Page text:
Even if you can’t spend the night, this charming place is worth a visit. As the former home of U.S. Supreme Court Chief Justice John M. Harlan, the grounds are home to beautiful gardens and public areas have the feel of a lived-in museum, with outstanding furnishings, art and decorations. There’s a well-stocked gift shop, and the dining and bar service are splendid.

The restaurant’s specialty is “yellow- legged” fried chicken – locally-raised, corn-fed chicken fried in lard. But the corn pudding, country ham, desserts, bourbon list and pre-Prohibition cocktails also deserve attention. 

Delicious Diversions

Kentucky FudgeSpeaking of food, Harrodsburg has plenty to offer. If you prefer casual dining or crave some real homemade fudge, Dedman’s Drugstore in the heart of Harrodsburg’s picturesque downtown has the feel and menu of an old-fashioned soda fountain, complete with sandwiches and malts. It’s also home of the Kentucky Fudge Company, so there’s plenty of fresh fudge on hand.

The Old Owl Tavern at Beaumont Inn has become one of the area’s favorite "bar and grill" restaurants, serving fine wines, spirits and draft beer. Better still, the inn offers more than 75 different bourbons to savor, and you can even schedule an exclusive, personalized tasting with the innkeeper, who will take you through the taste profiles, history and nuances of up to six bourbons crafted right here in the Bluegrass.

Soda Fountain at Dedman Drug StoreIf you’re looking for a bit of evening entertainment, the Ragged Edge Community Theatre puts on an ambitious schedule of plays and musicals throughout the year. (This season’s offerings include “Babe, the Sheep Pig,” “Bus Stop,” “Thoroughly Modern Millie” and more.) On Friday nights, The Barn in nearby Burgin offers live country music–easily one of the most fun things to do in Central Kentucky on a Friday night.  And those looking for a little outdoor activity can ride horseback at Big Red Stables, tee up at Bright Leaf Golf Resort (which offers 36 holes, including a 9-hole par three course and a full 18-hole championship route) or take advantage of the many marinas and fishing opportunities in the area.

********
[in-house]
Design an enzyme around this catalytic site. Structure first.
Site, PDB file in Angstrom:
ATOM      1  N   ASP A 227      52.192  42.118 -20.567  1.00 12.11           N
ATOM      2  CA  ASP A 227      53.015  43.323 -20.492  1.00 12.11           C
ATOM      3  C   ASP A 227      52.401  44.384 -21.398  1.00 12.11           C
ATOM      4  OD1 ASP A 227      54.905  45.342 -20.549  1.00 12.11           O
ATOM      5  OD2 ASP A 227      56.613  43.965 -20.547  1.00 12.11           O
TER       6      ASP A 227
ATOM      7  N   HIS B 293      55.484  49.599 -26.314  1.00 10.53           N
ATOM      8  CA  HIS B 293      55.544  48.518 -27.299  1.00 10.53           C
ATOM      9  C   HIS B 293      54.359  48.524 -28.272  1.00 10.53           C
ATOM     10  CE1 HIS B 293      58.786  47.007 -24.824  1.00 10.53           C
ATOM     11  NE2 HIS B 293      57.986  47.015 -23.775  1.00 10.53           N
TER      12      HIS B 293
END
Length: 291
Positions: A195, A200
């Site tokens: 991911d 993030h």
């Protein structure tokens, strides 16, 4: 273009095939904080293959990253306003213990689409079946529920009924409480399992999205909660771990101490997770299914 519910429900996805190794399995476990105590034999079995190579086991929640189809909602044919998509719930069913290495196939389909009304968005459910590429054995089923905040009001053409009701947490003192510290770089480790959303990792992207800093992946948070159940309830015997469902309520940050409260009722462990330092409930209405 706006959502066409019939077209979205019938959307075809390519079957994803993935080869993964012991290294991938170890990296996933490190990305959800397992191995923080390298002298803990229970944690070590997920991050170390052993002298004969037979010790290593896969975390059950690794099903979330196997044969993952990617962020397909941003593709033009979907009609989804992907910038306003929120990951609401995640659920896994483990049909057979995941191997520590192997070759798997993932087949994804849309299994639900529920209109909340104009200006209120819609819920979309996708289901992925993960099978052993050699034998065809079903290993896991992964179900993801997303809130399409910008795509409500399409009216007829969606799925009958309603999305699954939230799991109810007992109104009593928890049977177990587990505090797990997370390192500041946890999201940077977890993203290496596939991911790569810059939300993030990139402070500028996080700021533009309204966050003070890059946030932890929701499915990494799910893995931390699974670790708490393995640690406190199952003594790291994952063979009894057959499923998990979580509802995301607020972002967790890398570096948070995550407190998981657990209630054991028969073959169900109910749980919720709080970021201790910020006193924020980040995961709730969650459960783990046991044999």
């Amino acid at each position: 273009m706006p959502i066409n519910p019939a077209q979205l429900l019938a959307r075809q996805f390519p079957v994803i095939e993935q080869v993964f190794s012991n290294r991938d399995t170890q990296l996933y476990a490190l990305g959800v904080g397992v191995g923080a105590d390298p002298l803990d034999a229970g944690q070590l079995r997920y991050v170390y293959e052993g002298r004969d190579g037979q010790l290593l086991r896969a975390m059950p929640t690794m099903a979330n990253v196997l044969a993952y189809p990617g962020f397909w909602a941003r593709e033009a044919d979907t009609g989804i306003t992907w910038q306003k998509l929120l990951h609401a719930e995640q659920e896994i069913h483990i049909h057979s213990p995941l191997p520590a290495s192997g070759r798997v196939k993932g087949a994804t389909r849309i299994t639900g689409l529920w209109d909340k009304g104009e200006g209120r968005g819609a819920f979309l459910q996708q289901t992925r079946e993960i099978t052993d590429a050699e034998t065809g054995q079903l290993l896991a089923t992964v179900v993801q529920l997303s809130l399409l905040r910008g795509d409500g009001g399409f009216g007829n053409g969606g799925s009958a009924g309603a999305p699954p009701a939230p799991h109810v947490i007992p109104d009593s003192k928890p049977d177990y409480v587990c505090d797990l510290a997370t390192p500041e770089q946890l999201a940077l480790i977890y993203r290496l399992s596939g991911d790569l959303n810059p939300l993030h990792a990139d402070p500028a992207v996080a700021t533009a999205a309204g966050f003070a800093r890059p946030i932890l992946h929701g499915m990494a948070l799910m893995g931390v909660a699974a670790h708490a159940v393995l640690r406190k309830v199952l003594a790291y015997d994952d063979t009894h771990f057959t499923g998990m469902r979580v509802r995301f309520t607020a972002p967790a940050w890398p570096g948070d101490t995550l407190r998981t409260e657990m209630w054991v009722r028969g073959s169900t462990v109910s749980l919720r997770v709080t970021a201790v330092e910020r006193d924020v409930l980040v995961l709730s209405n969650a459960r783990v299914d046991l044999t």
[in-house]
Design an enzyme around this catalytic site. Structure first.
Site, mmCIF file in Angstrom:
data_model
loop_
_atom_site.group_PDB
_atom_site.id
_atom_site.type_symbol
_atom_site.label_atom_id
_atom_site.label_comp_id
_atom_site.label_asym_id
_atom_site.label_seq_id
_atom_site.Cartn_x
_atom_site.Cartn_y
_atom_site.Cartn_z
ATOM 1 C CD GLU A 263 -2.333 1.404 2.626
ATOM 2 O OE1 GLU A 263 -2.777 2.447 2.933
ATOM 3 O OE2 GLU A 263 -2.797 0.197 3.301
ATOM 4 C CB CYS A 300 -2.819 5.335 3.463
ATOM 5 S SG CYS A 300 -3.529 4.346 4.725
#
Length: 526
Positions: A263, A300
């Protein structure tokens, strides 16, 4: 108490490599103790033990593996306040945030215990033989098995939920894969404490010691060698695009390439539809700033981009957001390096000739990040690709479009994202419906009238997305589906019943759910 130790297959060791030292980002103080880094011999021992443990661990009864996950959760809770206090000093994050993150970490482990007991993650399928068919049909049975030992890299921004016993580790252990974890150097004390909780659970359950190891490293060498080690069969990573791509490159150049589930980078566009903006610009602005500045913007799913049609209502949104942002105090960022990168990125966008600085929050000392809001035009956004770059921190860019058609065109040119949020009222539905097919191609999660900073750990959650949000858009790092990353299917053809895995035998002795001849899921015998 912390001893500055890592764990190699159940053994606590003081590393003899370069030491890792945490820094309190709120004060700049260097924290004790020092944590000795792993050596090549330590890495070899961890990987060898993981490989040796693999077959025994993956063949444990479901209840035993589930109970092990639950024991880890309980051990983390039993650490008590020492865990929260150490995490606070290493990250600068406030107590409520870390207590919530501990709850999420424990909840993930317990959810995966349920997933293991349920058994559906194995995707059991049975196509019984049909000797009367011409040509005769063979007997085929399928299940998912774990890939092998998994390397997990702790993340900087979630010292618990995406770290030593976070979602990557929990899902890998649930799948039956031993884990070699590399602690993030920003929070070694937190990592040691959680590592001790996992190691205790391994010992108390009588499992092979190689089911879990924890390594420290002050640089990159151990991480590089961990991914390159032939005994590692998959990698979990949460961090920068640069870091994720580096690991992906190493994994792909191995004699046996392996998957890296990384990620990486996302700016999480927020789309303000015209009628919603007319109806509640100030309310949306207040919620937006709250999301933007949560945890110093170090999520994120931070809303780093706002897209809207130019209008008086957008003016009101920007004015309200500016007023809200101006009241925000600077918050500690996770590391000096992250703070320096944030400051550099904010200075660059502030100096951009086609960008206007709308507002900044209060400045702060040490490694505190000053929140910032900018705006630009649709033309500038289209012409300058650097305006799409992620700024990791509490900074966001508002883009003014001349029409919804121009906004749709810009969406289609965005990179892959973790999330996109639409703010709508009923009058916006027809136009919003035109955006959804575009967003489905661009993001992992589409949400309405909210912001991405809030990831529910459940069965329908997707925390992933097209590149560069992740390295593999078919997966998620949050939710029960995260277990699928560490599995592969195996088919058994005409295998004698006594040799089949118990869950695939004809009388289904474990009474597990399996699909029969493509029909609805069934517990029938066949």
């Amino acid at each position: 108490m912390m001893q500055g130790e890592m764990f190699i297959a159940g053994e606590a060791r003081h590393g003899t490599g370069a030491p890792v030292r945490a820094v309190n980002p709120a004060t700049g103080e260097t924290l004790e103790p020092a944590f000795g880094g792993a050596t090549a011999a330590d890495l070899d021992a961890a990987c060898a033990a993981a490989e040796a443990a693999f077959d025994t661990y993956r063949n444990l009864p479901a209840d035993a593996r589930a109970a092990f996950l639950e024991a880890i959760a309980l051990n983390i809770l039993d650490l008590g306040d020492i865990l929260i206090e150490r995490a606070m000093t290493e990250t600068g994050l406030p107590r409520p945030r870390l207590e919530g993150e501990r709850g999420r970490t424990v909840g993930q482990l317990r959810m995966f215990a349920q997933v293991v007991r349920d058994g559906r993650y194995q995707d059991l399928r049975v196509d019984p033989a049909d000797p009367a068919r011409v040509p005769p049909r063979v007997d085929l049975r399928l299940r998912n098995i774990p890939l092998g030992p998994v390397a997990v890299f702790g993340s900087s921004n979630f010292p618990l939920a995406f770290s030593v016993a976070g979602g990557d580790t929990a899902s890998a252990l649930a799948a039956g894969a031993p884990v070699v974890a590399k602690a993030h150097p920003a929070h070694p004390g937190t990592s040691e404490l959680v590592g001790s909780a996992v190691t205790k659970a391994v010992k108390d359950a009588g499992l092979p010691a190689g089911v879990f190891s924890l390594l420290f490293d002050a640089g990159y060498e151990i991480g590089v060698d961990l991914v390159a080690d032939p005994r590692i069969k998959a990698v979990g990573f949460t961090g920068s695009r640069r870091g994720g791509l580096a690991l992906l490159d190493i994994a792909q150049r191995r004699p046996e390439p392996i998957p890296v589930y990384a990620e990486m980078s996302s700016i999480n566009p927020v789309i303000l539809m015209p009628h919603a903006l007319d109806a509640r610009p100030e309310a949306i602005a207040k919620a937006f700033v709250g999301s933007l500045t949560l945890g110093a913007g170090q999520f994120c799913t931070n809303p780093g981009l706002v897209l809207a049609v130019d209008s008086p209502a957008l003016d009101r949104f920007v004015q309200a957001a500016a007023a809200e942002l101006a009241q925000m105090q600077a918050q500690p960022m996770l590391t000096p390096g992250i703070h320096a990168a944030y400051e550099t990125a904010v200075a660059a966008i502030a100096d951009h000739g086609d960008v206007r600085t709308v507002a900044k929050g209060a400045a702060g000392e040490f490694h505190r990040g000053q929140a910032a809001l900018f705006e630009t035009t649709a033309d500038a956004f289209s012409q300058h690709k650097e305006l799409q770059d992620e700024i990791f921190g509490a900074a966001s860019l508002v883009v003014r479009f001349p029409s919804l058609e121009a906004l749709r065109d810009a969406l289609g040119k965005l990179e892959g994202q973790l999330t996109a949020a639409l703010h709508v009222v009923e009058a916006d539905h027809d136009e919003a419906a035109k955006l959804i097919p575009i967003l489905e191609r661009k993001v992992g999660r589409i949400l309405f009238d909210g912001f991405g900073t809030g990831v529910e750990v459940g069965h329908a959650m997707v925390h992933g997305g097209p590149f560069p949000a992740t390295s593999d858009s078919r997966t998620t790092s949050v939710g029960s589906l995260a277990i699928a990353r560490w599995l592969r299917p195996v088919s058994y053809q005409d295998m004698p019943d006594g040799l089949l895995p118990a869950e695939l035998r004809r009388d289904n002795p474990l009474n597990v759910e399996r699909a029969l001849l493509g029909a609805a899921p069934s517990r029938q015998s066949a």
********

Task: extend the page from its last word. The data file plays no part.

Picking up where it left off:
Mercer County Countryside

Leave the city of Harrodsburg for a drive through the Mercer County countryside and you’re deep in the heart of Kentucky’s historic Bluegrass region, where horses canter over rolling hills and the quiet roads are lined with stone fences. Head northeast on U.S. 68 and you’ll make your way to Shaker Village of Pleasant Hill.

For just over a century, from 1805-1910, Pleasant Hill was home to a Shaker religious community that became famous for the quality of its goods (livestock, brooms, fabrics, produce), for its record of technological innovation (complex plumbing systems that were the first of their kind in the state) and for its communal lifestyle.

Shaker Village of Pleasant HillThese days Shaker Village offers lodging for individuals and groups. Livestock roam the grounds (which are bordered by 25 miles of stone fences that surround 3,000 acres and 34 19th century buildings), and the simple elegance of the historical architecture and furnishings can be experienced by anyone with time to spend a night, walk the grounds, or take in a meal – complete with a slice of tart Shaker lemon pie – at the Trustees’ Office Dining Room or in front of a warm wood fire in the Winter Kitchen.

And when fall colors are rising to a jubilant pitch in central Kentucky, the high point of a visit to Mercer County might just be a view of High Bridge. Shaker Village’s 115-passenger riverboat, the Dixie Bell, makes two cruises a day beneath the towering limestone cliffs of the Kentucky River Palisades. That takes it directly beneath High Bridge, the historic railroad bridge that looms more than 300 feet above the river. It was once the highest bridge in North America, the highest railroad bridge in the world, and still connects some of Kentucky’s most dramatic landscape.

With so much to see and do, now is a perfect time to start planning your getaway to Harrodsburg and Mercer County, Kentucky. For more information, call 800-355-9192 or visit